What about new Suris on my farm?
Having your herd classified every few years also gives you the opportunity to include those alpacas who were not yet one year old at the time of the last classification, as well as animals that you have purchased since then.
How do expenses work?
1. Upon submission of an application to the Suri Network, you will be invoiced a $75 administration fee. This supports the Suri Network’s database administration.
2. The classification fee is $500 per day for an up to 50 alpacas, payable to the classifier at the time the classification.
3. The breeder(s) involved will pay all travel, lodging and meal costs for the classifier. For more information, see the S.H.I.P. Classification Expense Guidelines document.
What should I plan to provide during the classification?
You will need a covered facility where the classifications can be conducted.
There should be room for walking an animal out as if in the show ring, so that the classifier can assess conformational traits.
You will need handlers to round up the animals and have them ready to be classified individually, and who can manage the animals during the classification.
How can I reduce my expenses to have a classification done?
1. We encourage you to find other Suri farms in your area and coordinate so that the classifier can classify several farms during one trip.
2. Select a classifier that can travel to your farm economically. For example, is the distance to your farm/ranch such that the classifier can drive rather than fly?
3. House and feed the classifier at your home.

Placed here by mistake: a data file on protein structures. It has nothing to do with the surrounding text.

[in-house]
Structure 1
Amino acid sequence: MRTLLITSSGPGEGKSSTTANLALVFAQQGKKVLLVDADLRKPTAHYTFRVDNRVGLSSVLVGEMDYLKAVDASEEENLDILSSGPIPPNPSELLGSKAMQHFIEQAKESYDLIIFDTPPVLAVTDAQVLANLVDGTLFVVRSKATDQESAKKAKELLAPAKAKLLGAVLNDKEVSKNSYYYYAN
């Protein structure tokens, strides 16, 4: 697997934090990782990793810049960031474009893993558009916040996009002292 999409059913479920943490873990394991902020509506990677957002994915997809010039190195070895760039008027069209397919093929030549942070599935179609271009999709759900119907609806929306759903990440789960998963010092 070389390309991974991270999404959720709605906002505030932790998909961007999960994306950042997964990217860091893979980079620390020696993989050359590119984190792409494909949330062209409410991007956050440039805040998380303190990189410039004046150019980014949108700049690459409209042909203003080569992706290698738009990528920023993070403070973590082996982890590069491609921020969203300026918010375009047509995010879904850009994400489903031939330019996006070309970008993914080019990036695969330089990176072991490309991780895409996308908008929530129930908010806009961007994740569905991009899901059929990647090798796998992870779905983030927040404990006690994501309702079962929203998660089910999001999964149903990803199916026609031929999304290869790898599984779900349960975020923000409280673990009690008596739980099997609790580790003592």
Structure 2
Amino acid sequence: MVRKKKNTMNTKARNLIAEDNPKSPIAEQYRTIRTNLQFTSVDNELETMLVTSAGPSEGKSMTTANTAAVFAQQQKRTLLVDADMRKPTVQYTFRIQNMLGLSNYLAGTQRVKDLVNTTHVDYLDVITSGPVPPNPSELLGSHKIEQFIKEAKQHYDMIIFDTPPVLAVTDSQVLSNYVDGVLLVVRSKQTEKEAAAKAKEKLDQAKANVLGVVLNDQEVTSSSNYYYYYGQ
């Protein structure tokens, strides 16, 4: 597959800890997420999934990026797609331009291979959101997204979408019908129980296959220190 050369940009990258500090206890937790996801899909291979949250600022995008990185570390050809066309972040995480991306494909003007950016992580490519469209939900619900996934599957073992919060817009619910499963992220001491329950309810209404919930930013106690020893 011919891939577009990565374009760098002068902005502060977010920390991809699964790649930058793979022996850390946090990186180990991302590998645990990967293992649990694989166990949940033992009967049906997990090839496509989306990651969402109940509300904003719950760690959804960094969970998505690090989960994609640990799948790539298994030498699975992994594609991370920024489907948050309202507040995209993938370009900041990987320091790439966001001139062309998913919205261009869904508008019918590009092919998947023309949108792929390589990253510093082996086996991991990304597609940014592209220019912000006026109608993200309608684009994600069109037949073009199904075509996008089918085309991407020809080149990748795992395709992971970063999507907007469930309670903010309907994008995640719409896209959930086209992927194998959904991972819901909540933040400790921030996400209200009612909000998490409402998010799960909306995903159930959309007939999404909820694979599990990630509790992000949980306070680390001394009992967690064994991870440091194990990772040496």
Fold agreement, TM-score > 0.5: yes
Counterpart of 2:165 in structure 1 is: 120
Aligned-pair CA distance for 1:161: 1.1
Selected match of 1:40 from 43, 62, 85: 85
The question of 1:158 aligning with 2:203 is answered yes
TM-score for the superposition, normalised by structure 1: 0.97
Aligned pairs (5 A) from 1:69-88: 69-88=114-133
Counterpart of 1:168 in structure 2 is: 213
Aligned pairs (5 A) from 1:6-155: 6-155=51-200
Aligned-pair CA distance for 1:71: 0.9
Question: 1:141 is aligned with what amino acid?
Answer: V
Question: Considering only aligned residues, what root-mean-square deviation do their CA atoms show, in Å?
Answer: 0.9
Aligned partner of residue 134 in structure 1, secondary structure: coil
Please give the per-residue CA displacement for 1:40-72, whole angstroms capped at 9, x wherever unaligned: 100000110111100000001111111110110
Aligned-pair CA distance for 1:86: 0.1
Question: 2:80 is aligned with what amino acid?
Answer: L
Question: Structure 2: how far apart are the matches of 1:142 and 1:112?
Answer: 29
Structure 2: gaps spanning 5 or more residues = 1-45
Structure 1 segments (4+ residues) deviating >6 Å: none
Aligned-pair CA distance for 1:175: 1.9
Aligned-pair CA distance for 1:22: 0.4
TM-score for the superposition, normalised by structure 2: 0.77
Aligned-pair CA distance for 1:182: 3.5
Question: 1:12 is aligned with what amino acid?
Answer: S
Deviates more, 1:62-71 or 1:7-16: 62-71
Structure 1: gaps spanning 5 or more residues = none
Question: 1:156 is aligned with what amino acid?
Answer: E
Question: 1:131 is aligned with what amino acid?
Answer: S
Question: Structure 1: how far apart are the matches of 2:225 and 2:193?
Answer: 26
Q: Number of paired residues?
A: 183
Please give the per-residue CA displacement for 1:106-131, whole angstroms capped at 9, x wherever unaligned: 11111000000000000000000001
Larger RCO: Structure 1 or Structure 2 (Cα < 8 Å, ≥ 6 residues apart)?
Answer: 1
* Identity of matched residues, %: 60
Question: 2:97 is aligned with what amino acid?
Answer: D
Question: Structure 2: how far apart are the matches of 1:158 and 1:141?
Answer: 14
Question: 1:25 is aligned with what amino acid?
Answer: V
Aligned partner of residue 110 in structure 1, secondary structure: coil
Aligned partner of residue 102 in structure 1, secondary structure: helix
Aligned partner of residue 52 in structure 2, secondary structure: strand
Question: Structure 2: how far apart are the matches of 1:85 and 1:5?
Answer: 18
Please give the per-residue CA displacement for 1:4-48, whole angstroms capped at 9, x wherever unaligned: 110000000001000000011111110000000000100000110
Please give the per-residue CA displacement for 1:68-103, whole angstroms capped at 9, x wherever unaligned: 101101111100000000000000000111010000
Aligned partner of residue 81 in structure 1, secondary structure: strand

4. Read the document S.H.I.P. Preparation Guidelines to provide an efficient environment for the process.
How do I schedule a SHIP classification?
2. After reviewing the above pages, call the Suri Network Office (970-586-5876) to discuss a preliminary review of the process.
What other tools are available for Suri Breeders to help improve their herds?
Why should I have fiber testing done?
How does classification differ from placing in the show ring?
AOA conflict of interest rules relative to S.H.I.P. classification
(Part II. Chapter 6. Rules Relating to Exhibitors and Handlers)
1. Once payment for a SHIP classification has been made, the farm owner and immediate family members cannot personally show alpacas in the ring being judged by the SHIP classifier for nine months. However, any alpacas not included in the classification (juveniles under one year of age) are eligible to be entered in front of the classifier if shown by an appointed handler.
2. The nine month prohibition refers to halter and walking fleece classes.
3. The nine month prohibition does not include entries into fleece shows being judged by the SHIP classifier as long as the classification was done on the full fleece alpacas. Any shorn fleeces included in a classification would be prohibited from being judged in a fleece show judged by the classifier.
4. Clarification of the conflict of interest rules will occur between the classifier and farm owner during the initial communication to schedule the classification event.